eSkeptic for January 22, 2022

In episode 243 of The Michael Shermer Show, Michael speaks with psychiatrist Dr. Sally Satel about addiction, the opioid crisis, deaths of despair, and how psychiatry has gone woke.

Osteopathy Then and Now

osteopath with patient

What is osteopathy? What is the difference between an MD, a DO, and an osteopath in the US? Why do students choose a DO school? Should the DO degree be abolished? Find out what Harriet Hall, M.D. says in this column from Skeptic magazine 26.1 (2021).

eSkeptic for July 17, 2021

In episode 193, Michael Shermer speaks with Chris Edwards about educational reform and thought experiments. Plus, Harriet Hall, M.D. discusses osteopathy. What is it? What is the difference between an MD and a DO? Should the DO degree be abolished?

Mark Twain and Alternative Medicine

In this column from Skeptic magazine 26.2 (2021), Harriet Hall, M.D. recounts that Mark Twain was an enthusiastic proponent of “alternative medicine” long before the term was coined — and much of it remains the same as in his time.

eSkeptic for June 29, 2021

Shermer, Sanford, and Novella try wheatgrass juice, with amusing results. PLUS: in a column from Skeptic magazine 26.2 (2021), Harriet Hall, M.D. recounts that Mark Twain was an enthusiastic proponent of “alternative medicine” long before the term was coined — and much of it remains the same as in his time.

eSkeptic for January 8, 2021

In the fourth report from the Civil Unrest and Presidential Election Study (CUPES) we examine Americans’ level of trust in institutions, as well as how trust levels vary by political party affiliation and gender. We asked the question: “how much do Americans trust news media, political officials, hospitals/doctors, and educational institutions?”

Nicholas Christakis — Apollo’s Arrow: The Profound and Enduring Impact of Coronavirus on the Way We Live

Shermer and Christakis discuss: the replication crisis in social science and medicine • determining causality: how we know smoking causes cancer and HIV causes AIDS, but vaccines do not cause autism and cell phones do not cause cancer • randomized controlled trials and why they can’t be done to answer many medical questions • natural experiments and the comparative method of testing hypotheses (e.g., comparing different countries differing responses to Covid-19) • the hindsight bias and the curse of knowledge in judging responses to pandemics after the fact, and more…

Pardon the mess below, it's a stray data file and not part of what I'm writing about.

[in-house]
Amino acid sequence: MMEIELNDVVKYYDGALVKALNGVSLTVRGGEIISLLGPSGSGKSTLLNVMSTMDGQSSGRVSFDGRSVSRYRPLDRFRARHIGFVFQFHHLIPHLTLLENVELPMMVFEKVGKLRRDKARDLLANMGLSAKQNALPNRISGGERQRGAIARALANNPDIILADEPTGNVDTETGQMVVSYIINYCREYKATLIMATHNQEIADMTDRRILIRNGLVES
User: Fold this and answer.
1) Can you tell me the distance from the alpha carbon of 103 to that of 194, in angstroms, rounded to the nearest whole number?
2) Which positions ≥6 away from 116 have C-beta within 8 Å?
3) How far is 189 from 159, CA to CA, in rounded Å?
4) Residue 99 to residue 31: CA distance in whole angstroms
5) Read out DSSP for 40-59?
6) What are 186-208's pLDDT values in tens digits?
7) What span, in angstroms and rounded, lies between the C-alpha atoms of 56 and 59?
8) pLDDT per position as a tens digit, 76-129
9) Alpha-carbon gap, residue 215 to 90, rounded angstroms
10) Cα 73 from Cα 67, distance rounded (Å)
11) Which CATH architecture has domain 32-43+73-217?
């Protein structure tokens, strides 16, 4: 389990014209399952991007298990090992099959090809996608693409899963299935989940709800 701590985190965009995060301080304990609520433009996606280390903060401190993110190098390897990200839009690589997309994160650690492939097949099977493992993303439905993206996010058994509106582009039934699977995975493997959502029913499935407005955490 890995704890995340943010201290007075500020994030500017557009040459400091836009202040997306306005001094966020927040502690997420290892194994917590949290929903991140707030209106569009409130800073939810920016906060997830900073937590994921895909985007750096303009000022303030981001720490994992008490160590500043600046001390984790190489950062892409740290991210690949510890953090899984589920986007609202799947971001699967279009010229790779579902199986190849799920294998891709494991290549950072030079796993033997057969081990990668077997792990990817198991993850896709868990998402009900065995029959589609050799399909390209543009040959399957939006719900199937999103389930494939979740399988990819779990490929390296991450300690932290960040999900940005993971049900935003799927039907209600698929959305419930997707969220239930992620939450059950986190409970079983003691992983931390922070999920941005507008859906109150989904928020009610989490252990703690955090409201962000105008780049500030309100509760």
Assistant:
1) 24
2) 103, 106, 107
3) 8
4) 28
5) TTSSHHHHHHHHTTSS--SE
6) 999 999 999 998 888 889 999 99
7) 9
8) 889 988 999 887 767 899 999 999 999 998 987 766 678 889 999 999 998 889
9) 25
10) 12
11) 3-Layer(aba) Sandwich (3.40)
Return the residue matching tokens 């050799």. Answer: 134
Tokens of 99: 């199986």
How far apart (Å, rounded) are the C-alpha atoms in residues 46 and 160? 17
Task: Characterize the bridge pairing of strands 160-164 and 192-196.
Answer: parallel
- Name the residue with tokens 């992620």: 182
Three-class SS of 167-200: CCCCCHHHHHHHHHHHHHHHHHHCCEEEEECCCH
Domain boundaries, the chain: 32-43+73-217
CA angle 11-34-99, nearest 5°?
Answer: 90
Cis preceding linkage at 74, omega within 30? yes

eSkeptic for August 14, 2020

Right now, we are all confronting one of humanity’s scariest enemies: epidemic disease. Are we brave enough to face this horror? You bet we are! Download Junior Skeptic 76 for free: Pandemics Throughout History—How Mistakes, Fakes, and Missing Facts Make Epidemics Worse. PLUS: Dr. Michael Shermer gives a remote lecture on free speech & censorship.

eSkeptic for June 30, 2020

In Science Salon # 122 Michael Shermer speaks with Walter Scheidel as he recounts the gripping story of how the end of the Roman Empire was the beginning of the modern world. PLUS, Harriet Hall, M.D. sets the record straight on wearing face masks during the COVID-19 Pandemic.

Wear a Mask, But Act as If It Doesn’t Work

Masks have been proven to reduce the spread of COVID-19, but instead of believing the evidence and following public health guidelines, many people have turned mask wearing into a political statement. They are refusing to wear masks for reasons that are laughable. Rejecting masks is selfish: it means they don’t care if other people get sick and die. Here’s what Harriet Hall, M.D., The SkepDoc, has to say about it.

The Fountain of Youth: & Other Anti‑Aging Myths

A spring whose waters restore the youth of anyone who drinks or bathes in them is a myth that dates back to prehistoric times. Harriet Hall, M.D. reminds us that though many wines improve with age, human bodies don’t; we deteriorate.

eSkeptic for March 24, 2020

In Science Salon # 109 Michael Shermer speaks with Neil Shubin about his new book Some Assembly Required: Decoding Four Billion Years of Life, from Ancient Fossils to DNA. PLUS Harriet Hall, M.D. reminds us that though many wines improve with age, human bodies don’t; we deteriorate.